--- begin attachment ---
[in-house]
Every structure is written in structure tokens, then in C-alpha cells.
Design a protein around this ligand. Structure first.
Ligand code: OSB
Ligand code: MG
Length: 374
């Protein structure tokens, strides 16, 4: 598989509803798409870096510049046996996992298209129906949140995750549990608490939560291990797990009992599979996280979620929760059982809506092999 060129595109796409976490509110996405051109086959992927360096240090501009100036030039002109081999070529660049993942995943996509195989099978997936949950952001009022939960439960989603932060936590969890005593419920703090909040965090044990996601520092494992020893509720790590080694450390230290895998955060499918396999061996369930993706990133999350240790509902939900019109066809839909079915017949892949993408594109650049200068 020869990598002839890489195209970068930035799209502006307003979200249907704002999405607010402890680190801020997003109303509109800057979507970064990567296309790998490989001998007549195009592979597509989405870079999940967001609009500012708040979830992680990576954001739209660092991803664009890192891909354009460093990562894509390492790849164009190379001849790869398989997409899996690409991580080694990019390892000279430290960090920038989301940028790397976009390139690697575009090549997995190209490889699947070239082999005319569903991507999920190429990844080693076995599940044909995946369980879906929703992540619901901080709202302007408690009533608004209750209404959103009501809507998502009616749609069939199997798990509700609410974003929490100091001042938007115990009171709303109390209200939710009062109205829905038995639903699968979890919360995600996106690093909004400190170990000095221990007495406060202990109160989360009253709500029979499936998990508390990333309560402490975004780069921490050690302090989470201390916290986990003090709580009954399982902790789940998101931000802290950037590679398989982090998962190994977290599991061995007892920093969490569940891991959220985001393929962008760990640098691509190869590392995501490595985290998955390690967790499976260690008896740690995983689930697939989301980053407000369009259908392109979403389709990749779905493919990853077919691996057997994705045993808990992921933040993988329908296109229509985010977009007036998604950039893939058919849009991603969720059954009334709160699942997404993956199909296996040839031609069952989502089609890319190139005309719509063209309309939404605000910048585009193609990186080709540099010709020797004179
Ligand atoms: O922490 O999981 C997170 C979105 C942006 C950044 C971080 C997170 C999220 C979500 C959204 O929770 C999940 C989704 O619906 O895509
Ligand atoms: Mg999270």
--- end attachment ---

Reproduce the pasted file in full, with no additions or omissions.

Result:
[in-house]
Every structure is written in structure tokens, then in C-alpha cells.
Design a protein around this ligand. Structure first.
Ligand code: OSB
Ligand code: MG
Length: 374
């Protein structure tokens, strides 16, 4: 598989509803798409870096510049046996996992298209129906949140995750549990608490939560291990797990009992599979996280979620929760059982809506092999 060129595109796409976490509110996405051109086959992927360096240090501009100036030039002109081999070529660049993942995943996509195989099978997936949950952001009022939960439960989603932060936590969890005593419920703090909040965090044990996601520092494992020893509720790590080694450390230290895998955060499918396999061996369930993706990133999350240790509902939900019109066809839909079915017949892949993408594109650049200068 020869990598002839890489195209970068930035799209502006307003979200249907704002999405607010402890680190801020997003109303509109800057979507970064990567296309790998490989001998007549195009592979597509989405870079999940967001609009500012708040979830992680990576954001739209660092991803664009890192891909354009460093990562894509390492790849164009190379001849790869398989997409899996690409991580080694990019390892000279430290960090920038989301940028790397976009390139690697575009090549997995190209490889699947070239082999005319569903991507999920190429990844080693076995599940044909995946369980879906929703992540619901901080709202302007408690009533608004209750209404959103009501809507998502009616749609069939199997798990509700609410974003929490100091001042938007115990009171709303109390209200939710009062109205829905038995639903699968979890919360995600996106690093909004400190170990000095221990007495406060202990109160989360009253709500029979499936998990508390990333309560402490975004780069921490050690302090989470201390916290986990003090709580009954399982902790789940998101931000802290950037590679398989982090998962190994977290599991061995007892920093969490569940891991959220985001393929962008760990640098691509190869590392995501490595985290998955390690967790499976260690008896740690995983689930697939989301980053407000369009259908392109979403389709990749779905493919990853077919691996057997994705045993808990992921933040993988329908296109229509985010977009007036998604950039893939058919849009991603969720059954009334709160699942997404993956199909296996040839031609069952989502089609890319190139005309719509063209309309939404605000910048585009193609990186080709540099010709020797004179
Ligand atoms: O922490 O999981 C997170 C979105 C942006 C950044 C971080 C997170 C999220 C979500 C959204 O929770 C999940 C989704 O619906 O895509
Ligand atoms: Mg999270």